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Ditch is an esolang by User:BoundedBeans where syntax is irreversibly changed periodically.


Ditch is a bit like Forth. It has a stack and words that operate on it, though you cannot define your own. However, in Ditch, all data is strings. Strings are enclosed in double quotes and only have two escape sequences: ?", for escaping quotes, and ??, for escaping question marks.


At level 0, the following operations can be performed in postfix:

+ concatenation of two strings
> the first character
< everything except the first character
The following 5 commands definitions are the same as in Forth.
: dup
/ swap
$ drop
% rot
^ over
End forth copying.
_ pop x and use its length as a zero-based index from the top of the stack, pick that element and copy it to the top.
= pushes "a" if the top two strings are equal, "" otherwise
| pushes the length of the string in unary "a"
begin ... until as in forth, but the empty string is falsy and everything else is truthy
if ... else ... then as in forth, but the empty string is falsy and everything else is truthy
. outputs the top string
, inputs a line

After 5 instructions excluding keywords and string literals, the program automatically and irreversibly "ditches" the code to the next level, resetting the counter back to zero. The stack is preserved when ditching.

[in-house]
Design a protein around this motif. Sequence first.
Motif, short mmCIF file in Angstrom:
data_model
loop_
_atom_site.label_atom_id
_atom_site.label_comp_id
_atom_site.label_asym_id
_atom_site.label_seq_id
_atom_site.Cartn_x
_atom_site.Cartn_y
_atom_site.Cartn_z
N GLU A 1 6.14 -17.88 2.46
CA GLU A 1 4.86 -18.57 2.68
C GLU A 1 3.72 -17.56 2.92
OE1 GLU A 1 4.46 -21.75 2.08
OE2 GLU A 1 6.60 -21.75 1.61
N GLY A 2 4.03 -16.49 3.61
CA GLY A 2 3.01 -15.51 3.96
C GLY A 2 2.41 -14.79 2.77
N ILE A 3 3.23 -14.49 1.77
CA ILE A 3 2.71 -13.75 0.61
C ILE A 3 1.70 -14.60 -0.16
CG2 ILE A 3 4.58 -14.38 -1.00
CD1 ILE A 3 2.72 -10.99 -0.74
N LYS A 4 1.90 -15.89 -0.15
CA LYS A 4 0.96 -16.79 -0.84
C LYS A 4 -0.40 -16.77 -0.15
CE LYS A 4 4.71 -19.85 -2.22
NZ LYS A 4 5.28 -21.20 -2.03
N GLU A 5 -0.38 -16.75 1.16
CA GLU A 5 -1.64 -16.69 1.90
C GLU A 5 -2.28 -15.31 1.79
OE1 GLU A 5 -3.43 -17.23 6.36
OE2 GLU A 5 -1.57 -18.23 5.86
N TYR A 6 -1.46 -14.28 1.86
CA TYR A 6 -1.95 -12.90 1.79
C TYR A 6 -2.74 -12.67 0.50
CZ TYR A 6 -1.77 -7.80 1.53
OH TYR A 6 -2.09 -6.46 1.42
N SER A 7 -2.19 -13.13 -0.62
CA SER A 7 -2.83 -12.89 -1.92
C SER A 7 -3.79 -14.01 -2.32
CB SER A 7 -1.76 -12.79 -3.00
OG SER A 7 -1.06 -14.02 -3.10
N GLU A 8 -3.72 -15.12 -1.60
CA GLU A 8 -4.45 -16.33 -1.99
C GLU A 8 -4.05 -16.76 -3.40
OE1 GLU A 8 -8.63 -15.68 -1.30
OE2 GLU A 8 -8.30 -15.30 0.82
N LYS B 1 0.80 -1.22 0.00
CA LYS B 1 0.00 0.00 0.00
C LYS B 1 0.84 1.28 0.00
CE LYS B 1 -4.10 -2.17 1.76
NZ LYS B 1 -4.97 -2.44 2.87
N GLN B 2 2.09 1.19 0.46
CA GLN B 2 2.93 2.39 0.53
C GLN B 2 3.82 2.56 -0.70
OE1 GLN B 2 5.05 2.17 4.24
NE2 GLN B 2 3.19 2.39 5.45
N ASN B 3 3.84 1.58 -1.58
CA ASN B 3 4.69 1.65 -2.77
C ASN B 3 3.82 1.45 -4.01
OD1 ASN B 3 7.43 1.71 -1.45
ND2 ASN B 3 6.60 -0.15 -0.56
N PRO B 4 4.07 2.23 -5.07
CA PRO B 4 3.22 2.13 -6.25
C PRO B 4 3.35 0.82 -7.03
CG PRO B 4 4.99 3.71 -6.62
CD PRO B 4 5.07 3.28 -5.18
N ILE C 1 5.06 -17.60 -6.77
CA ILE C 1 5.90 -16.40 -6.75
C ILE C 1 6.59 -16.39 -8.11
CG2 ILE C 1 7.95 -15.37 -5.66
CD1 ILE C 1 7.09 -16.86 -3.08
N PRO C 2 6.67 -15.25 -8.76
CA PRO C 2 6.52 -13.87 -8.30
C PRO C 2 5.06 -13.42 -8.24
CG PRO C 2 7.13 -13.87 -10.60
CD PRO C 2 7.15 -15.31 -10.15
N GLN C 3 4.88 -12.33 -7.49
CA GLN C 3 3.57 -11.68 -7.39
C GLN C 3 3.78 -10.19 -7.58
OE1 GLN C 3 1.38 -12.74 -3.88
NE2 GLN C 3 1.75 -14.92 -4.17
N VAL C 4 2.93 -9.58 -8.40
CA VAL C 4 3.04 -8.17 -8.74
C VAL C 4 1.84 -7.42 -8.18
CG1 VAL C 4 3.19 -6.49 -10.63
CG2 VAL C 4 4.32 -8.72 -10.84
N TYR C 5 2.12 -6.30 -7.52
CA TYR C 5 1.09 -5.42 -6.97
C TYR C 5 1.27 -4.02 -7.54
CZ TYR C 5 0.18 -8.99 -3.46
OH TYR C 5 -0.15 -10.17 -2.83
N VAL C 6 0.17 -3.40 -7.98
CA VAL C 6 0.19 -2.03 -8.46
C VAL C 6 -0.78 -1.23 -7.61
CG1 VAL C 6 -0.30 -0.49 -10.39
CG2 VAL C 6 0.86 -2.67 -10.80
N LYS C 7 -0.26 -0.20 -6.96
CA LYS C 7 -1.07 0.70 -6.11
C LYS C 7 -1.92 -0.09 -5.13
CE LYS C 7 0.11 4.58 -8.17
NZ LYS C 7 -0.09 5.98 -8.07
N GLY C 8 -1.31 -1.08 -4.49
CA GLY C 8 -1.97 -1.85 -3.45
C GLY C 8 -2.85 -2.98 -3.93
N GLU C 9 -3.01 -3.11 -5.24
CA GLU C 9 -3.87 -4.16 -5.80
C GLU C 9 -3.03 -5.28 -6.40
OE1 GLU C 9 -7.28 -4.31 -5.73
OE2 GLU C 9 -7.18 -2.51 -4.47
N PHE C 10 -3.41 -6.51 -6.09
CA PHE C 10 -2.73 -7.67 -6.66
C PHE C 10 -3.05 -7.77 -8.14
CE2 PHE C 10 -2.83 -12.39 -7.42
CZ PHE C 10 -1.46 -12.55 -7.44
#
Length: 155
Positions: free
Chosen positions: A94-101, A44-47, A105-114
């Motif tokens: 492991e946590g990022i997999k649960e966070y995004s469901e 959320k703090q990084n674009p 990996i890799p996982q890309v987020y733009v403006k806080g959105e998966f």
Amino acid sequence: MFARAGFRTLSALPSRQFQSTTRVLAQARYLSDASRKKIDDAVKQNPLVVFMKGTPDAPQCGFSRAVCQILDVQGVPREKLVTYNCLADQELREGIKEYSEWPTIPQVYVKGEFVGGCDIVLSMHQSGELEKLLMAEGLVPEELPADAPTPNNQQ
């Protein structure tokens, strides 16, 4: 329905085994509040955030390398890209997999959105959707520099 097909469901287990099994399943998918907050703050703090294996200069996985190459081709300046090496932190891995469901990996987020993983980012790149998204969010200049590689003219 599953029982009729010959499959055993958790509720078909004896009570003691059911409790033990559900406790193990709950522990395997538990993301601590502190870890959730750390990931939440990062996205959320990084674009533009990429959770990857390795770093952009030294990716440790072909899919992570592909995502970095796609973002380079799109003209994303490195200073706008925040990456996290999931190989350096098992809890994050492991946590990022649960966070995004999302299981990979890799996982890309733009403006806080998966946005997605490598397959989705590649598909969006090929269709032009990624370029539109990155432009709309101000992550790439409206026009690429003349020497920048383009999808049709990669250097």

At any level besides level 0, there is only one operation:

@ eval the top string as the previous level. It is an error if a ditch occurs inside of this, unless enclosed within a block. Note that the 5 instruction limit applies to every level, but separately. 5 instructions on level 1 can simulate 25 instructions at level 0. Eval uses the same stack as normal. Eval can have the string preloaded ahead of time, and when it's executing the contents, instructions can manipulate the stuff below.

Inside of a block, the level is separate. It is possible to have a block ditch and then recover once it exits the block (from any amount of levels). This is to allow conditionals and loops that are longer than a tiny amount of commands. Because of this, commands inside of blocks do not count towards the 5 outside the block, but they do inside. This would require a stack of levels to implement. It can just as well do this inside of eval, although it would need to get down to level zero in order to even use blocks.

Let's make a one line cat and see how it transforms.

Level 0:

, .

Level 1:

", ." @

Level 2:

"?", .?" @" @

Level 3:

"?"???", .???" @?" @" @

Level 4:

"?"???"???????", .???????" @???" @?" @" @


Hello world!

"Hello world!" .


, : "0" = / / "if . else begin : . ?"?" until then" @